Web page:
Part of memoirs of Seyed Hamid Shahangian

Revolution in Music Office

Selected by Faezeh Sasanikhah
Translated by M. B. Khoshnevisan


One of my most important problems in the Music Office was the group of people who worked in the area of the music of Islamic Republic of Iran Broadcasting (IRIB). Most of them neither knew much about the revolution nor believed in it. On the other hand, they were not very hopeful that the revolution would last! They thought that we could not last and that we would eventually give up. They did not cooperate with me with this idea. They were waiting for the day to finally come and as they say, I will go where I should be!

This wish caused me trouble. In general, in order to produce a good artistic, there must be professional people, and artistic thinking and expertise are needed. The non-cooperation of IRIB music employees means that I was empty-handed in this field. I wish my problem was only that. In those days, music from outside IRIB was under a lot of pressure. On the one hand, there was pressure from seminaries who said that music should be shut down and that it is not possible to continue like this. The influence of the leftists, especially the members of the People's Mojahedin Khalq organization, in IRIB had worsened the situation! This unblessed influence was more especially in audio production.

They were trying to push the system towards their own desires. Sometimes in IRIB Music department, songss were produced in which deviations were seen. For example, a song had been composed with this poem:

If God gives me a chance, one day

I will take revenge of freedom on the reactionaries

On the other hand, it wouldn't be a problem if they were only produced, the problem was that these songs were broadcasted from IRIB after the production! It is very interesting that these same people said in the streets that these bearded people, these mullahs are reactionaries! That is, these songs were broadcasted from IRIB, and at the same time they introduced us as reactionaries and said that one day they will take revenge on us!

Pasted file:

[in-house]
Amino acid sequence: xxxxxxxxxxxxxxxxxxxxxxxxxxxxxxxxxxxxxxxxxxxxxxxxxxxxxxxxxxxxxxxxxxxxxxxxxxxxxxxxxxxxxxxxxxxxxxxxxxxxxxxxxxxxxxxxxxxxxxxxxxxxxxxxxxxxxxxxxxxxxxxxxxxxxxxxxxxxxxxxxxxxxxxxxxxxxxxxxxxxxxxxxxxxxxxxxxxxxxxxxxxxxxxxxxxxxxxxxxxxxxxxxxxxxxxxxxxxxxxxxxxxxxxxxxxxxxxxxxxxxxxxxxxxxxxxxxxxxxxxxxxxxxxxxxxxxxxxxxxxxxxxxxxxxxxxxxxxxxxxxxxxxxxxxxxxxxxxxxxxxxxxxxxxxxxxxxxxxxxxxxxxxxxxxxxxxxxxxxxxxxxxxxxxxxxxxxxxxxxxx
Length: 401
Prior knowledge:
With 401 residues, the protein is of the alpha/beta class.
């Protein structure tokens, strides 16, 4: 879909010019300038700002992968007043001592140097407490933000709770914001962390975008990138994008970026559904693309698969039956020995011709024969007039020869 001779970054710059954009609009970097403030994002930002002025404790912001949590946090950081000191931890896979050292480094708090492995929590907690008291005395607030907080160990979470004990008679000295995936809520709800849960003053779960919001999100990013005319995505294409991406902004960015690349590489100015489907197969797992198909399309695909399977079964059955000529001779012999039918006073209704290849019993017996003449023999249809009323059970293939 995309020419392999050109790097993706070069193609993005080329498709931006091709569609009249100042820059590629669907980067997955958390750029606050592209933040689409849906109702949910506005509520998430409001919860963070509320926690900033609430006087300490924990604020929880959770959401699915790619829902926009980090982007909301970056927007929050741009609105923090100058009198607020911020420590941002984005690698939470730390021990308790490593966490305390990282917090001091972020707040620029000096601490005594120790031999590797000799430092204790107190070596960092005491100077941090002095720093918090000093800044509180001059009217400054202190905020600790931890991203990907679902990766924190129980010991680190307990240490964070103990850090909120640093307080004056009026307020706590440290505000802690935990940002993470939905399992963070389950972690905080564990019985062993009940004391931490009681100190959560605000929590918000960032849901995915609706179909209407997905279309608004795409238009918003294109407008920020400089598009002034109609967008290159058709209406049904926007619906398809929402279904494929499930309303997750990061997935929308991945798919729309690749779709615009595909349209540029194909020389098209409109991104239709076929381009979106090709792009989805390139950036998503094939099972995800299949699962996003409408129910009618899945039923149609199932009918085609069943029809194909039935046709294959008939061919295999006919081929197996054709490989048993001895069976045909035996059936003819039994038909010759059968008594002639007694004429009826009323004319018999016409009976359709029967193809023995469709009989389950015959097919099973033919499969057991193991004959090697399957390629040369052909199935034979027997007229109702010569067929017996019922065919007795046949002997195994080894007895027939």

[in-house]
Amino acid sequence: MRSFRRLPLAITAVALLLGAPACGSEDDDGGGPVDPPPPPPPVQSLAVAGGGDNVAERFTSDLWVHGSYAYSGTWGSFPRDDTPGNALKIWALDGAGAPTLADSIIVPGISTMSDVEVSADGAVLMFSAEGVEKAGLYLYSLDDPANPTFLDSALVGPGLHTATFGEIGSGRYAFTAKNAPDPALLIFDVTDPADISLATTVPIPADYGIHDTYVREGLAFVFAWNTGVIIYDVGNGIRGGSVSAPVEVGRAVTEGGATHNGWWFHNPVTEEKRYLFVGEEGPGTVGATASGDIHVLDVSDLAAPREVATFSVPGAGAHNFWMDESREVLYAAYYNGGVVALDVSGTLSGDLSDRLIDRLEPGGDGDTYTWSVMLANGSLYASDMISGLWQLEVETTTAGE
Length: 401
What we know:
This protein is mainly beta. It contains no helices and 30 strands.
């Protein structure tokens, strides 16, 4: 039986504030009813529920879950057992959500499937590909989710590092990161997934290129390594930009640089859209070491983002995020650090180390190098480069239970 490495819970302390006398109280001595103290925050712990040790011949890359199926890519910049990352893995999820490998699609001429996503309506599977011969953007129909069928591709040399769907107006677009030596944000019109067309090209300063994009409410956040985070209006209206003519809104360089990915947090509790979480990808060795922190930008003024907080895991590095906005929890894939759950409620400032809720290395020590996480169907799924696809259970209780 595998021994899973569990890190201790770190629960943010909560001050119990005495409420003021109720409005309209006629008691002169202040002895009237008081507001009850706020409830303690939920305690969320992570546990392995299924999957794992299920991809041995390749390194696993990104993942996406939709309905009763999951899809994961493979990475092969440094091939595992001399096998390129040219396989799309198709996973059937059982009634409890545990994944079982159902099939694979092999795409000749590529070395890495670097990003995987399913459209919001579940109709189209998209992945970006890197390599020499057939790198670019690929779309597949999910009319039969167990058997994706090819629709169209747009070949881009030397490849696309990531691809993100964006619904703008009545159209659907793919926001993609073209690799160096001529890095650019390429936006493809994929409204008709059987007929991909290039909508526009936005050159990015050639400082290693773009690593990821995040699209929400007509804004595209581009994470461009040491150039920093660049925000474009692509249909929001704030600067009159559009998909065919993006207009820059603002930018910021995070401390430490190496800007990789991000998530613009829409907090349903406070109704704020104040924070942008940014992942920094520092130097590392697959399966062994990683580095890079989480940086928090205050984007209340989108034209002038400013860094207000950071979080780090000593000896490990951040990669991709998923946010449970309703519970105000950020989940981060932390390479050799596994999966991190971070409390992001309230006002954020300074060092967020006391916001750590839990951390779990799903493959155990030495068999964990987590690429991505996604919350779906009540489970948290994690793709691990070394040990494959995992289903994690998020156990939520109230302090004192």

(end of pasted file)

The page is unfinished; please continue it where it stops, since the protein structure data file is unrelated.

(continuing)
Music producers, ranging from composers and musicians to singers did not have their hearts with the revolution except a small group of people. A few people behaved so-so to see what would happen. This small group could not meet the widespread need of the post-revolution society for healthy music. In those days, we thought that the pre-revolution music was not healthy enough and new musical works should be created. Of course, verbal music was almost known. The speech of those days for us was naturally different from the pre-revolution one, but when there was no speech, we thought that everything had the shape of former regime, and maybe we were not wrong too much. After all, people had memories with them. We couldn't say that nothing would happen if we broadcast the same songs, but on the other hand, we had problems producing healthy music. Composers did not make songs and singers did not sing. They said that it is not clear that the revolution will last! Why should we come and spoil ourselves for them?!

I remember that I used some management tricks in that situation so that there may be a change in that process. Until that day, a tight and closed group as employees of the music and production office came for two or three hours a day, practiced and left. They did not produce anything. They did not allow any new faces to enter their limited group. I tried really hard to break this atmosphere.